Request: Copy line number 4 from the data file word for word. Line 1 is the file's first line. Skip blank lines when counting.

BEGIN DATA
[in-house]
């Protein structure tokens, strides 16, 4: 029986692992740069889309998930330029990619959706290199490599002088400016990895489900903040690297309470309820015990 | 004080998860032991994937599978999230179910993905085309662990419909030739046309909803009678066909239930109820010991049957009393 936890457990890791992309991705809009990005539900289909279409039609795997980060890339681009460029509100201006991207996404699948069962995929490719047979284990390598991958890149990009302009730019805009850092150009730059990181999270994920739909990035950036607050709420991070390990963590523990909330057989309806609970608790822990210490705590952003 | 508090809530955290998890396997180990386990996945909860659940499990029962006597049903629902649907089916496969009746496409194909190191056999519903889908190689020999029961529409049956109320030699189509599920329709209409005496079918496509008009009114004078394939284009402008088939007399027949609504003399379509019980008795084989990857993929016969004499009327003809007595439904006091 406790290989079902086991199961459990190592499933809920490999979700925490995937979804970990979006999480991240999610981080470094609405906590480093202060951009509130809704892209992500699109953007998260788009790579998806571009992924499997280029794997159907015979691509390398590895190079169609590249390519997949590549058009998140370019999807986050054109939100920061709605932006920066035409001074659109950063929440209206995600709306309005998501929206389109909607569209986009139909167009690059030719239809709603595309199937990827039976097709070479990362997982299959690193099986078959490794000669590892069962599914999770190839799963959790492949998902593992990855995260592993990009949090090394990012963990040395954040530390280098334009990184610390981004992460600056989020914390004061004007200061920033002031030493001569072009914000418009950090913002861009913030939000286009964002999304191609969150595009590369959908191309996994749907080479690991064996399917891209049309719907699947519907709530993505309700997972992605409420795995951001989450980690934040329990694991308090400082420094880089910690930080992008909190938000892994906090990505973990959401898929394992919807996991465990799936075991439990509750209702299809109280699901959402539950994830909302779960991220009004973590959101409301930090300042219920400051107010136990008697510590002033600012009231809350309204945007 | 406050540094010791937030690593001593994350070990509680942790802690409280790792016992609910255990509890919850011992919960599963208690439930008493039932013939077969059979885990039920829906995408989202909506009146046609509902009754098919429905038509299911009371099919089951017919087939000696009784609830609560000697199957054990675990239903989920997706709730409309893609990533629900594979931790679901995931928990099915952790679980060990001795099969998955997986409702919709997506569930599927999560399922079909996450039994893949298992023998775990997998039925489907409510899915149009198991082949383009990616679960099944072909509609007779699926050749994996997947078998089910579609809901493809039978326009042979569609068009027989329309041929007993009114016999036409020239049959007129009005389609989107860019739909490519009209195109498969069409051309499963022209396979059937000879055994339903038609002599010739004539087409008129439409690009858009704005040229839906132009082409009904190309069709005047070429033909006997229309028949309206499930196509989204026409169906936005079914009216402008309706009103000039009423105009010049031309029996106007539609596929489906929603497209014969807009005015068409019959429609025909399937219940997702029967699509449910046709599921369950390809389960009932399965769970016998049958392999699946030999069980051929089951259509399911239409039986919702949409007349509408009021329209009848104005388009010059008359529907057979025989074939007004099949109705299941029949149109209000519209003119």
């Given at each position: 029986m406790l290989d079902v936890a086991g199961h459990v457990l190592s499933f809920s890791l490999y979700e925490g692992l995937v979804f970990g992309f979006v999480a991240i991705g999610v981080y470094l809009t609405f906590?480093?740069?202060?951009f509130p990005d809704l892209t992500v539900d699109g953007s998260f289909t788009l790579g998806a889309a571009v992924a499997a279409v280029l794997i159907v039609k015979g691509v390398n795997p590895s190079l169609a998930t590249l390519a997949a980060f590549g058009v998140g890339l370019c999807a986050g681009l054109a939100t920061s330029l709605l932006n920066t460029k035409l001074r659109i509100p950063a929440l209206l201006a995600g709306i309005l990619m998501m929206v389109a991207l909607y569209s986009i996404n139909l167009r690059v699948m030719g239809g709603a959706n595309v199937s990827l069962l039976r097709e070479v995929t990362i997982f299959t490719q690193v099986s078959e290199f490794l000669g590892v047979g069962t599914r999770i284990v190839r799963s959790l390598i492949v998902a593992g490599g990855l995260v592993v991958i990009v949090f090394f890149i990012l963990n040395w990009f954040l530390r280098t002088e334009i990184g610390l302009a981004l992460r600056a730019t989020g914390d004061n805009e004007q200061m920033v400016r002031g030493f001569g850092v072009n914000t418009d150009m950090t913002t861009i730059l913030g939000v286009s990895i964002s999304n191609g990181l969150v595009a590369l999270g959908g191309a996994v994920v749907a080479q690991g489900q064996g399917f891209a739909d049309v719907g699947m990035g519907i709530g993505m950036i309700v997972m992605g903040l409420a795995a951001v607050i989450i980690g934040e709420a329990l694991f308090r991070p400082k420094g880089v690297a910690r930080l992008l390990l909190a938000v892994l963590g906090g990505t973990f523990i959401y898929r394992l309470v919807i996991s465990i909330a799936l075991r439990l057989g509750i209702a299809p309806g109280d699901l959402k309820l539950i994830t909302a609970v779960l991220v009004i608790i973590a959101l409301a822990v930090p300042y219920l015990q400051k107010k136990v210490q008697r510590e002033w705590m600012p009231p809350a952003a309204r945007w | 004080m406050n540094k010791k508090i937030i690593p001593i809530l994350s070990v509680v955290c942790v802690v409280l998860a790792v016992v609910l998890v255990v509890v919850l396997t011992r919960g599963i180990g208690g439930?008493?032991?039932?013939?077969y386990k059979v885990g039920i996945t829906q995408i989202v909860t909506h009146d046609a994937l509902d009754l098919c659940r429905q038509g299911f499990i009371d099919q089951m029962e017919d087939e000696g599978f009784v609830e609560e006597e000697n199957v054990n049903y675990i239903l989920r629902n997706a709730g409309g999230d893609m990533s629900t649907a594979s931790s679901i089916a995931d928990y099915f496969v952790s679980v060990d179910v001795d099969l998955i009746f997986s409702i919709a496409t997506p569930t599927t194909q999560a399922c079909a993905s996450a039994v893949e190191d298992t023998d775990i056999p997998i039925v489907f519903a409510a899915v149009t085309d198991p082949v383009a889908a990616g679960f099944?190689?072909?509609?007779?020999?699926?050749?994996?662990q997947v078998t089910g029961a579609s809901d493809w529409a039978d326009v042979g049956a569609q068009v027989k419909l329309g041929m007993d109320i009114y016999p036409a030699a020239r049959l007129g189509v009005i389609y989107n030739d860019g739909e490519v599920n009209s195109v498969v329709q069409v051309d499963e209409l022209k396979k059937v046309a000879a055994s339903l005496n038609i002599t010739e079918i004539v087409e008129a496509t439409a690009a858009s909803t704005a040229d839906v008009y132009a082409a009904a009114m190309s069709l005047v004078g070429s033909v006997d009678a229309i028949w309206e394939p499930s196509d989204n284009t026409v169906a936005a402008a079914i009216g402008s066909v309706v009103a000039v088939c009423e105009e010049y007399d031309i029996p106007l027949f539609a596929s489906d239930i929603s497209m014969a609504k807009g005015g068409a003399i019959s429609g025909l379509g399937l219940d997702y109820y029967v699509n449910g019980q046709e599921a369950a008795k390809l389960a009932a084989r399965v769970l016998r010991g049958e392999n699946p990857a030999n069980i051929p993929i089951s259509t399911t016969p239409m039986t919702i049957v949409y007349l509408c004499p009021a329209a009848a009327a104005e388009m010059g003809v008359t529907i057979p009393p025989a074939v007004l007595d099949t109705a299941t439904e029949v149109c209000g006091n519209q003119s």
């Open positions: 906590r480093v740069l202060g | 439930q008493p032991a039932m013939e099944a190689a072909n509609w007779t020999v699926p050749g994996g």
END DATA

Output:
């Open positions: 906590r480093v740069l202060g | 439930q008493p032991a039932m013939e099944a190689a072909n509609w007779t020999v699926p050749g994996g």